|Publication number||US6452617 B1|
|Application number||US 09/480,229|
|Publication date||Sep 17, 2002|
|Filing date||Jan 10, 2000|
|Priority date||Jan 10, 2000|
|Publication number||09480229, 480229, US 6452617 B1, US 6452617B1, US-B1-6452617, US6452617 B1, US6452617B1|
|Inventors||Cary Lee Bates, Paul Reuben Day, John Matthew Santosuosso|
|Original Assignee||International Business Machines Corporation|
|Export Citation||BiBTeX, EndNote, RefMan|
|Patent Citations (4), Non-Patent Citations (1), Referenced by (26), Classifications (6), Legal Events (5)|
|External Links: USPTO, USPTO Assignment, Espacenet|
The invention is generally related to computer systems and graphical user interface environments therefor. More particularly, the invention is related to the control of user-manipulated pointing devices in a graphical user interface environment.
As computers have become more complex and powerful, the manner in which end users or operators interface with computers has grown increasingly important. Early computers relied on switches, lights, and/or punch cards that required an end user to interact essentially in the computers' native binary languages. Eventually, video displays were developed that enabled end users to interact with computers through textual information and commands. Another significant step in this evolution was the development of graphical user interfaces (GUIs), which permitted end users to interact with computers through the more intuitive operations of “pointing and clicking” on graphical display elements with a pointer controlled by a mouse or other user interface device. When pointing and clicking, a user typically directs a graphical pointer over an object by moving the mouse, and then indicates a desire to interact with that object by depressing a button on the user interface device.
Providing additional functions with a pointing device (e.g., mouse, trackball, joystick, touch pad, touch screen) generally requires having a plurality of buttons on the pointing device, using the keyboard in combination with or to the exclusion of the pointing device, or repetitively depressing a specific button. One common approach is simply repetitively depressing (i.e., clicking) a button. Applications and operating systems generally use “double clicking,” for instance, to perform additional functions with a graphical user interface element. Some applications even respond to three or more successive clicks to perform different functions on a computer.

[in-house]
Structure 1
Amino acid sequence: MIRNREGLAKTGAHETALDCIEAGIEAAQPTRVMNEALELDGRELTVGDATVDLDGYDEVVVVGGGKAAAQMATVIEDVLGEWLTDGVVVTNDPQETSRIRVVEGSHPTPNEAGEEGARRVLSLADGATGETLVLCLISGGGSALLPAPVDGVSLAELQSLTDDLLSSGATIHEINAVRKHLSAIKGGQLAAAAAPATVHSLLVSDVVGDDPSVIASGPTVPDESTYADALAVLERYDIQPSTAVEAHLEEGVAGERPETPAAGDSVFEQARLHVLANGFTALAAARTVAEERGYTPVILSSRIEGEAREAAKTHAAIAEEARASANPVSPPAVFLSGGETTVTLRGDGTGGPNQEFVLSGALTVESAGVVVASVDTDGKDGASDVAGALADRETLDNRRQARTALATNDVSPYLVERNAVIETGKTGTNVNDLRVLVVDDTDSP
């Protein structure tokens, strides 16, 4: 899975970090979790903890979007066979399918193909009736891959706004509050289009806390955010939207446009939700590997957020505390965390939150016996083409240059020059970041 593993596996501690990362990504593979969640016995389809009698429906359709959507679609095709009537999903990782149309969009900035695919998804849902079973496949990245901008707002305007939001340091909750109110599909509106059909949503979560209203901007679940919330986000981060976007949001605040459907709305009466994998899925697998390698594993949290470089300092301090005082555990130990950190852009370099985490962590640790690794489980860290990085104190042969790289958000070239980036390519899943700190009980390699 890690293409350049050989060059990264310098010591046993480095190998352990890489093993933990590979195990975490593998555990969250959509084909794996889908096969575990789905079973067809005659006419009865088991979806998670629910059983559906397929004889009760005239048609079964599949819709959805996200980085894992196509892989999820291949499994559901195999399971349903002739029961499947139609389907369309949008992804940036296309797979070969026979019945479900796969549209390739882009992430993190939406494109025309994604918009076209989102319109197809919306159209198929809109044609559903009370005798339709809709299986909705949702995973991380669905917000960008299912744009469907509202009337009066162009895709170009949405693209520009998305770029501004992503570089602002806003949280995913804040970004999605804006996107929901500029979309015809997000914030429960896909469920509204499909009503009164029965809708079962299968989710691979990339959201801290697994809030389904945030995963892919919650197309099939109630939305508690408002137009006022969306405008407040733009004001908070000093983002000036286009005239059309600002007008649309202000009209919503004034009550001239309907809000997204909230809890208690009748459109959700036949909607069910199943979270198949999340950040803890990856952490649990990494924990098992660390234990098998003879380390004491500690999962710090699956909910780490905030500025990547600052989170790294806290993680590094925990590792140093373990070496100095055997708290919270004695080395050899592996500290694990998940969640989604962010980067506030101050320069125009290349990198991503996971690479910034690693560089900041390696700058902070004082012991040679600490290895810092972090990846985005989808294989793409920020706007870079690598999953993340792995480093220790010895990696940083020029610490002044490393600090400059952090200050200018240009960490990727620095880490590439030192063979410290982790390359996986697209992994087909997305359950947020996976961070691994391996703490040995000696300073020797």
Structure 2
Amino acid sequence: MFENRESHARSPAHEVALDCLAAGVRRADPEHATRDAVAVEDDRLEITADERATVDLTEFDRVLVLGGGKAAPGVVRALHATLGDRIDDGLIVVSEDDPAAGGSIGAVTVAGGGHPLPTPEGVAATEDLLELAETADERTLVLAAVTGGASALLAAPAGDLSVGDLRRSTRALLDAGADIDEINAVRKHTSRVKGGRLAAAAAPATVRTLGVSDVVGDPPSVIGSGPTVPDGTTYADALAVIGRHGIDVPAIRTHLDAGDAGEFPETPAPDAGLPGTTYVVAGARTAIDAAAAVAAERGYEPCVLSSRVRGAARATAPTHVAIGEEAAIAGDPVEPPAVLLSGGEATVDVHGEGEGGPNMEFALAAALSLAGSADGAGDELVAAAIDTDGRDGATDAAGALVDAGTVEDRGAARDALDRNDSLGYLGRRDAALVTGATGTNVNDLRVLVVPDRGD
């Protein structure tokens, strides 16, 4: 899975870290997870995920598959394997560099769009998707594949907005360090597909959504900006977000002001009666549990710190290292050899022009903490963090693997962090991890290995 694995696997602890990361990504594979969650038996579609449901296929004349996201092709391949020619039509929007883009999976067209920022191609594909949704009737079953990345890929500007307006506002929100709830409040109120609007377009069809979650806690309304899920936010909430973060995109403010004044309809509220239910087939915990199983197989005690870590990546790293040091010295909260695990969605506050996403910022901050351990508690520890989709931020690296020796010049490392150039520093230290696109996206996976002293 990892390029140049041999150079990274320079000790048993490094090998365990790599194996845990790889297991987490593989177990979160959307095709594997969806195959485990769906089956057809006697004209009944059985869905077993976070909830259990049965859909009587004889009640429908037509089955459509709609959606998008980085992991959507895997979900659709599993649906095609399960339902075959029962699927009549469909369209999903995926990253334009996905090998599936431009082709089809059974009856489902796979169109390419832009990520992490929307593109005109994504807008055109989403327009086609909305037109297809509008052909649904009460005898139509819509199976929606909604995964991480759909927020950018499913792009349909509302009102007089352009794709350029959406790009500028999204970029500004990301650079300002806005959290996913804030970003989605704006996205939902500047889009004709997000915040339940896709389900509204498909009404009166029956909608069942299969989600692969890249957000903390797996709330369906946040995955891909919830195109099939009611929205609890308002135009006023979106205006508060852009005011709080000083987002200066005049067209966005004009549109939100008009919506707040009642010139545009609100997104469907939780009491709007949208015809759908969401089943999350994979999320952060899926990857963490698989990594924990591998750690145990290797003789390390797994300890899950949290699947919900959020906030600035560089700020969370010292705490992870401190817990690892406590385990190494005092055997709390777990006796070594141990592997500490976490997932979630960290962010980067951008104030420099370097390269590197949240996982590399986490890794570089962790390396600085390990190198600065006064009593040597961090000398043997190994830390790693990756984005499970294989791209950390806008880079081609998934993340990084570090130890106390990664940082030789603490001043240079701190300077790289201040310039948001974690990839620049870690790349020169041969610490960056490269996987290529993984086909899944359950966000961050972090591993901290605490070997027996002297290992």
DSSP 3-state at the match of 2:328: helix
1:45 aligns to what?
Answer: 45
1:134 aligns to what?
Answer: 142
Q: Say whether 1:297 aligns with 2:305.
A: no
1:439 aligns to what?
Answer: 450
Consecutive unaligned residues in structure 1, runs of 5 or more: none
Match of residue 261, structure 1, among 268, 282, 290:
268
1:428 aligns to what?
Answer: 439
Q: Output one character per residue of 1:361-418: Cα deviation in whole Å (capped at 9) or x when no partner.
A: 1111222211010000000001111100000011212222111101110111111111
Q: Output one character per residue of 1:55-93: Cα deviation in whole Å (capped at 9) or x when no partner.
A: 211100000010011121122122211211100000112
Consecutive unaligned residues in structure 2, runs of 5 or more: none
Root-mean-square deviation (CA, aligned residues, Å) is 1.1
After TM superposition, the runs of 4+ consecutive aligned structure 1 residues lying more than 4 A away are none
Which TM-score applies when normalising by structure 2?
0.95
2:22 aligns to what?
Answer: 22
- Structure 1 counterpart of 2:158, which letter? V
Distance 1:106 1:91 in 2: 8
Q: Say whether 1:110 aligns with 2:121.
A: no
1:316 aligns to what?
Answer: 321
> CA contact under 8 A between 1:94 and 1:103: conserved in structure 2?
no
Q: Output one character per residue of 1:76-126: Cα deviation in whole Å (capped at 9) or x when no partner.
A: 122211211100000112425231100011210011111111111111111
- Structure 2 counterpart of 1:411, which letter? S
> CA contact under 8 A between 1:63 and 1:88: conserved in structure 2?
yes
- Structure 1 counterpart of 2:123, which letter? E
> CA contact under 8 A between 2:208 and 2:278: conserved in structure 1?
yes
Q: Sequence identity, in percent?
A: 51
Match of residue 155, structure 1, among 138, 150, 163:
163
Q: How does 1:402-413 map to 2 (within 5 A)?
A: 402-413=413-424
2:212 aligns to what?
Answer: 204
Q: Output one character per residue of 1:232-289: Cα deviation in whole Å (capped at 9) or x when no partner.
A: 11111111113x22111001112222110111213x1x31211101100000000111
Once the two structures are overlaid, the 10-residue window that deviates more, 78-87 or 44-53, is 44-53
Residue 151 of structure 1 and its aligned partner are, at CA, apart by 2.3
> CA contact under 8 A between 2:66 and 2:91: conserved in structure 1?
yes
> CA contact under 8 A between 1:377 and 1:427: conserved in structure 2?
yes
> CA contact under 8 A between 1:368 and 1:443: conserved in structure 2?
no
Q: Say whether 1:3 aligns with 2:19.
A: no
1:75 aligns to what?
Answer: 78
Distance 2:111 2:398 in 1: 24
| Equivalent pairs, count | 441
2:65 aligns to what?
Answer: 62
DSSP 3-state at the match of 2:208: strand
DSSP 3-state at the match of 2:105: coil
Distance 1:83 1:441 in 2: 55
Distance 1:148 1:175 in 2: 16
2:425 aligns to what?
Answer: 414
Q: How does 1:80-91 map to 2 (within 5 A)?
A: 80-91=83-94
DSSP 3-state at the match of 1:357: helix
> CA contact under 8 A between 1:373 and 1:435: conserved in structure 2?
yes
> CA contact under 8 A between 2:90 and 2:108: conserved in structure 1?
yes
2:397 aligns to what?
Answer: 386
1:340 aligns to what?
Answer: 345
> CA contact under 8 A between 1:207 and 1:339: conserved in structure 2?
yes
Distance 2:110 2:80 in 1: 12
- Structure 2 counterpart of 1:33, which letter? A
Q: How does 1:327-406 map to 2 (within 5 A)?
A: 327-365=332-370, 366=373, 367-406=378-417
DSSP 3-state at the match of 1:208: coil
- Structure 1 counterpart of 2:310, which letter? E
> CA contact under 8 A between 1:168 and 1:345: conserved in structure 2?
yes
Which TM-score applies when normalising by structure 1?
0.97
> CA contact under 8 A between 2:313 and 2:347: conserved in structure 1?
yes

Determining what operation is desired by the user when clicking a pointing device button is often complicated by having several functions to distinguish. For example, some operating systems and applications allow for holding down a pointing device button to select an area of the screen or to “drag and drop” a GUI element. Similarly, a single click may simply highlight a GUI element and a double click may execute a function for the GUI element. Therefore, timing thresholds between button depressions and/or button transitions are generally used to determine which operation is desired. For example, two clicks which occur within a timing threshold may be deemed a double click, whereas two clicks occurring beyond the timing threshold may be deemed as two single clicks.
Fixed timing thresholds to distinguish button clicks tend to frustrate some users. A novice user or a physically impaired user may click too slowly, for example, to perform a double click operation. However, lengthening the duration of time in which a second click must occur in all instances in order to perform a double click would be inappropriate for the vast number of users, i.e., the user would have to wait for a longer period of time between desired single clicks to avoid an inadvertent double click and the user would find the GUI slower to respond to single clicks.